Monday, July 6, 2009

Make a Vintage-Inspired Half Slip: No Pattern Required!

Right now I'm working on the "slim, supple skirt" from Vogue's New Book for Better Sewing (VoNBSS). I noticed right away that the skirt is not intended to be lined, so my first instinct was to add a lining myself. But then I thought, "What would a home seamstress of 1952 do?" Why, she'd probably wear a slip under her slim, supple skirt! So, by golly, I will too. You don't even need a pattern to sew a simple half slip. Here's how you can make one too.

You'll need:
-a yard of fabric. I'm using a silk jacquard, but you can use any fabric that you'd normally use for lingerie (nylon, rayon, cotton, etc.)
-a yard of picot edge lingerie elastic (You can order this online at Sew Sassy Fabrics.)
-a yard of lace trim
-a bit of velvet ribbon trim for a bow (optional)
-a gridded cardboard mat or cutting mat (not completely necessary, but will be very helpful)
-tracing paper (I'm using Swedish tracing paper)
-clear plastic ruler
-measuring tape

Your pattern will be a simple rectangle. You just need to get 2 easy measurements: the width and height of the slip.

Measure the widest part of your lower body, keeping the tape measure relaxed. Your widest part might be your hip measurement, but for some women, your derriere will be the largest measurement. Add 3 inches of ease to this number. So, if your measurement is 41, you'll get 44. Divide this number in half. Your first measurement is 22".

Figure out how long you want your slip to be. Make sure it's about three inches shorter than the skirt you plan to wear it with. My desired length is 22 inches. Now, add one inch to this number to account for the waistband and the lace application at the bottom. Your second measurement is therefore 23".

So, to make your pattern, draw a 22 x 23 inch rectangle.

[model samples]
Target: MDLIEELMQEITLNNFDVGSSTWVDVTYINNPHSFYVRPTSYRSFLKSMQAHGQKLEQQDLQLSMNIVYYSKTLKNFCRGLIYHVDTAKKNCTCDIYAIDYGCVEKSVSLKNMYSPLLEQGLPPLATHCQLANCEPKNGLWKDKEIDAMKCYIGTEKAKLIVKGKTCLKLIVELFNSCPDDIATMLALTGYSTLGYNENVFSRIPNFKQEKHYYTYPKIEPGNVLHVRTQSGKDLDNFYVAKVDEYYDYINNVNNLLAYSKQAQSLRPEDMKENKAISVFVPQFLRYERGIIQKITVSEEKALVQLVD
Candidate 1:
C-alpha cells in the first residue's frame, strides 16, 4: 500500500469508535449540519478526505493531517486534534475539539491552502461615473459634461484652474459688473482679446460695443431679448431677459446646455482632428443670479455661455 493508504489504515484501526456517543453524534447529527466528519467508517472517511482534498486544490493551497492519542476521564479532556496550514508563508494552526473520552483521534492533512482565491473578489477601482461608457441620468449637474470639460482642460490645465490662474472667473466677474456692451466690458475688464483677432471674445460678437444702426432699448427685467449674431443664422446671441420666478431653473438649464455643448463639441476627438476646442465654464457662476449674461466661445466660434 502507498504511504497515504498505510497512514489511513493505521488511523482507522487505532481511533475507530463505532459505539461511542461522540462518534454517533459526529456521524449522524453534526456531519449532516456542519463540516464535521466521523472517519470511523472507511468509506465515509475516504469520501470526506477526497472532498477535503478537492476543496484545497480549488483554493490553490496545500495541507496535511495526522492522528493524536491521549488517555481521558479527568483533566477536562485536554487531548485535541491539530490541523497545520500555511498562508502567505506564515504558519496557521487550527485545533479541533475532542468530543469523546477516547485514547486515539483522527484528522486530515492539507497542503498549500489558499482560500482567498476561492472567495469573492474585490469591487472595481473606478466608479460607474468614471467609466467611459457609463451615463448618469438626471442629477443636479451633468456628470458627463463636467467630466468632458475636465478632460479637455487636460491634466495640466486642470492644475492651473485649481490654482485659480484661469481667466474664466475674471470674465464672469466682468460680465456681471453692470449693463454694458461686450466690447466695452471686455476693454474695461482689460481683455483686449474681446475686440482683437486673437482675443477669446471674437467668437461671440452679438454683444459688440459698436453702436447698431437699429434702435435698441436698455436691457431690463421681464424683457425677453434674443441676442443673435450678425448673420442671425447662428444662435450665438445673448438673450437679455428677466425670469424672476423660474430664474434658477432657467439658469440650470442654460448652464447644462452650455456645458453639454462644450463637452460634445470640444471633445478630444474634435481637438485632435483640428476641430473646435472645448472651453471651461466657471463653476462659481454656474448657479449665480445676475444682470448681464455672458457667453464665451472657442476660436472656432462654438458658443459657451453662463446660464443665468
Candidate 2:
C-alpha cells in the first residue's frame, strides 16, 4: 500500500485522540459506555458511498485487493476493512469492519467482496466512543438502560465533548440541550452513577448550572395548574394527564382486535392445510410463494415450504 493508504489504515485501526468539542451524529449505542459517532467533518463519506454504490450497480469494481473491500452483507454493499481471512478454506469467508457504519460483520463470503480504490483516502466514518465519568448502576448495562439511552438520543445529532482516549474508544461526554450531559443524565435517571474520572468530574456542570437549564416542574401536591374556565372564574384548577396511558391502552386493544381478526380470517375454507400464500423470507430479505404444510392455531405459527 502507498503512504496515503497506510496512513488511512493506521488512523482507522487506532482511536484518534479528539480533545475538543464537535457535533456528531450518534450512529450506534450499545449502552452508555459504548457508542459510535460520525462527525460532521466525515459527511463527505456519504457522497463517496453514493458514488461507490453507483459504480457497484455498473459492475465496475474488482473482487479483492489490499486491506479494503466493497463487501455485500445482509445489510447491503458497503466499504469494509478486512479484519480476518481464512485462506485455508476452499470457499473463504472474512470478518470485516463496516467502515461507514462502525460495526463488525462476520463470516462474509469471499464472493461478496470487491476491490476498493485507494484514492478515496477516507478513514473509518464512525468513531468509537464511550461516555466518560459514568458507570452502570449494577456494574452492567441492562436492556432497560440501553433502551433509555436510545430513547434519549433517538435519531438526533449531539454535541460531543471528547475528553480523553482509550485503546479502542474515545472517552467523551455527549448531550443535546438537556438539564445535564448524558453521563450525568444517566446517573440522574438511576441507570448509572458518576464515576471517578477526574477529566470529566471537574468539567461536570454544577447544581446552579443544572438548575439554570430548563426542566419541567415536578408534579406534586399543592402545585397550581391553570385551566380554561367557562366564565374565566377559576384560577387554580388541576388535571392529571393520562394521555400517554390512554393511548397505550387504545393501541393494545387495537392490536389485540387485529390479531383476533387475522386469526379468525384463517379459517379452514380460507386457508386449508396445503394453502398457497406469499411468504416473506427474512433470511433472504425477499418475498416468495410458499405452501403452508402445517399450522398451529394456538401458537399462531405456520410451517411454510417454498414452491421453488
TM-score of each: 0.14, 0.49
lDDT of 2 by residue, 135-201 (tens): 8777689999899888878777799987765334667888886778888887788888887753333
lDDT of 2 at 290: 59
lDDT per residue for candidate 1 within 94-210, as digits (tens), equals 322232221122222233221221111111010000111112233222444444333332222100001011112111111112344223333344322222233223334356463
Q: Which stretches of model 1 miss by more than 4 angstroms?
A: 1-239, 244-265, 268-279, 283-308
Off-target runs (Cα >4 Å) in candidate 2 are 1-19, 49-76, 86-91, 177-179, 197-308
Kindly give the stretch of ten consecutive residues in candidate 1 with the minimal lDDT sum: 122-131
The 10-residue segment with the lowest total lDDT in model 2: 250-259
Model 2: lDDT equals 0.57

I use tracing paper on top of my gridded cardboard cutting mat to make the rectangle. Add a 5/8" seam allowance to the sides only. This is your pattern!

Lay out your fabric and cut two of the pattern. (You might be able to do this with the fabric folded, but because of my measurement and the width of my fabric, I needed to do a single-layer layout.)

Pin the two pieces along the side edges with right sides together, forming a tube. Stitch with a 5/8" seam allowance. Press the seams open, and finish the raw edges in your preferred method (serging, zigzagging, overcasting, pinking, binding, etc.)

Now you'll need to cut your elastic to the right length. To do this, wrap the elastic snugly around your natural waist, or the smallest part of your torso. (You'll want it to stretch a bit. Your cut length of elastic should end up being an inch or two smaller than your waist measurement.) Mark this length. Add 1/2", and then cut the elastic.

With right sides of the elastic together, stitch the ends together with a 1/4" seam allowance. Stitch back and forth a few times to make sure it's secure.

Trim very close to the stitching.

Divide the elastic into quarters and mark with pins. The seam will be the first quarter spot to mark.

With right sides together and the picot edge of the elastic pointing down, pin the quarter marks of the elastic to one raw end of the fabric tube. Start by pinning the elastic seam to the center back of the slip. Then pin the other quarter marks of the elastic to the side seams and the center front seam.
Your elastic will be pinned to your slip in four places, and you'll have a lot of loose fabric.

Now you're going to zig zag the elastic to the slip.

Starting at the back seam of the elastic, use a zig zag stitch to stitch the elastic to the slip. Stitch close to the picot edge of the elastic. You need to stretch out the elastic to fit the slip as you go. Pull with both hands, from the front and back of the fabric.

Trim the excess fabric from the top of the elastic to neaten.

Next, turn the elastic to the inside of the slip. Now use a zig zag stitch again to stitch the elastic onto the slip, having the your needle first catch the slip, and then the edge of the elastic.

Here's how it will look as it's coming out of the sewing machine:

And from the right side:

When you're done stitching, you'll see that the elastic has stretched out. You need to steam it to shrink it back to its original size. (This is my favorite part!) Hold your iron an inch over the elastic and steam the heck out of it. It will shrink up right before your eyes. Amazing!

Now stitch the lace to the bottom of the slip using a very narrow zig zag stitch. Use a thread to coordinate with the lace, not your fabric. The scalloped edge of the lace will meet the raw edge of the fabric.

From the back side, trim away the excess hem fabric, close to the zig zag.

If you'd like to add a bow, stitch it by hand to the center front.

Voila! Your slip is done. Wasn't that easy?

Let me know in the comments if you have questions!


  1. Very cute slip!

    Thanks for the tutorial.
    It’s very difficult to find slips here in Switzerland especially in other colours than black and white. I think I will try this.